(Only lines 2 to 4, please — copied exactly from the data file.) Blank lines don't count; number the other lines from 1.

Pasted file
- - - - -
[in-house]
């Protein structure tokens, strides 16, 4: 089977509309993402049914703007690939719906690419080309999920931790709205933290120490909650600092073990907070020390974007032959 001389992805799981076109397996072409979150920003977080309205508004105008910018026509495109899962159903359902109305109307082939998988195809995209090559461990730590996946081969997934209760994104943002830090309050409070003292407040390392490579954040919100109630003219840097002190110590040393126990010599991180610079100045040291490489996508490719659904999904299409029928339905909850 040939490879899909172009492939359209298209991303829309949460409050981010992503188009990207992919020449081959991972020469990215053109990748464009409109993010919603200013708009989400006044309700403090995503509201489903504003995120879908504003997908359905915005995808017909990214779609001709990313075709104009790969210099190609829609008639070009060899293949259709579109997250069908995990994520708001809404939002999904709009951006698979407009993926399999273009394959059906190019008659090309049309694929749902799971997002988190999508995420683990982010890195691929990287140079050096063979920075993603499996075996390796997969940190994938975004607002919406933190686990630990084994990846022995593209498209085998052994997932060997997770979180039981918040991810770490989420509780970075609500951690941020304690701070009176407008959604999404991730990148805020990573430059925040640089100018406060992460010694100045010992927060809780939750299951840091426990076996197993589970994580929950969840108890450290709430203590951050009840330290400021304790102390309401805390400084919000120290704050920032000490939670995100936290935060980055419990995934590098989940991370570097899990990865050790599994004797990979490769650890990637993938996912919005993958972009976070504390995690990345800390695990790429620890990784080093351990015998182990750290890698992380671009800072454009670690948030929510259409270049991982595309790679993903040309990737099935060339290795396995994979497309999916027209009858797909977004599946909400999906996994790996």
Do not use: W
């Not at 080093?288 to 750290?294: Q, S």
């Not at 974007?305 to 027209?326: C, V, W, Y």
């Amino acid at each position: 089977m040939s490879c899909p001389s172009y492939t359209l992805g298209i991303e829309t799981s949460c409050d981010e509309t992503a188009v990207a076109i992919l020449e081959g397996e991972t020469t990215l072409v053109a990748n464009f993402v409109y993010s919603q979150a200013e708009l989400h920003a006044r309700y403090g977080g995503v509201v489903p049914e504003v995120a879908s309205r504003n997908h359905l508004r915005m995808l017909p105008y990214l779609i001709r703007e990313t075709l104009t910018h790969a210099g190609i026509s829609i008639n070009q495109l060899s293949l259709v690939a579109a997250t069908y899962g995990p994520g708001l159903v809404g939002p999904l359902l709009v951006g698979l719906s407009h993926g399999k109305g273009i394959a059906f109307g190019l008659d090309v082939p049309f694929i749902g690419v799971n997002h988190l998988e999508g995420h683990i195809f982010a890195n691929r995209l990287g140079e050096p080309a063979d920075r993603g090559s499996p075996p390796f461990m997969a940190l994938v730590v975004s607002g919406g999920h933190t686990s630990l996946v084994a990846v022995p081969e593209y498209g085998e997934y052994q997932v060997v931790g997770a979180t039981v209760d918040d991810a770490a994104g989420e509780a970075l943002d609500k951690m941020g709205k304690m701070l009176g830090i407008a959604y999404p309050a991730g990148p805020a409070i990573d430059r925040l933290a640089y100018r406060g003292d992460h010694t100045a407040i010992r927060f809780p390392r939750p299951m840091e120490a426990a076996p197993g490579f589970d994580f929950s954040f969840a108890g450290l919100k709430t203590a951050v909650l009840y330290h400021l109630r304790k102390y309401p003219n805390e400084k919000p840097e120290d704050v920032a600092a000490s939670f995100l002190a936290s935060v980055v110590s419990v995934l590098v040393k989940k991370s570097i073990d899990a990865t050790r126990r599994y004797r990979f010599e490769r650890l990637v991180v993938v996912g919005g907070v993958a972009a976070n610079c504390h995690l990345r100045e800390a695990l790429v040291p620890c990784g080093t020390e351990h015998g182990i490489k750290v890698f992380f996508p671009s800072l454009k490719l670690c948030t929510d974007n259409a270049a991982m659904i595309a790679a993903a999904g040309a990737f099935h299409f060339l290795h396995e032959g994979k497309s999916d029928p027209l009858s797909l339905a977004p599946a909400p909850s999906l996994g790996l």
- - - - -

């Protein structure tokens, strides 16, 4: 089977509309993402049914703007690939719906690419080309999920931790709205933290120490909650600092073990907070020390974007032959 001389992805799981076109397996072409979150920003977080309205508004105008910018026509495109899962159903359902109305109307082939998988195809995209090559461990730590996946081969997934209760994104943002830090309050409070003292407040390392490579954040919100109630003219840097002190110590040393126990010599991180610079100045040291490489996508490719659904999904299409029928339905909850 040939490879899909172009492939359209298209991303829309949460409050981010992503188009990207992919020449081959991972020469990215053109990748464009409109993010919603200013708009989400006044309700403090995503509201489903504003995120879908504003997908359905915005995808017909990214779609001709990313075709104009790969210099190609829609008639070009060899293949259709579109997250069908995990994520708001809404939002999904709009951006698979407009993926399999273009394959059906190019008659090309049309694929749902799971997002988190999508995420683990982010890195691929990287140079050096063979920075993603499996075996390796997969940190994938975004607002919406933190686990630990084994990846022995593209498209085998052994997932060997997770979180039981918040991810770490989420509780970075609500951690941020304690701070009176407008959604999404991730990148805020990573430059925040640089100018406060992460010694100045010992927060809780939750299951840091426990076996197993589970994580929950969840108890450290709430203590951050009840330290400021304790102390309401805390400084919000120290704050920032000490939670995100936290935060980055419990995934590098989940991370570097899990990865050790599994004797990979490769650890990637993938996912919005993958972009976070504390995690990345800390695990790429620890990784080093351990015998182990750290890698992380671009800072454009670690948030929510259409270049991982595309790679993903040309990737099935060339290795396995994979497309999916027209009858797909977004599946909400999906996994790996």
Do not use: W
């Not at 080093?288 to 750290?294: Q, S």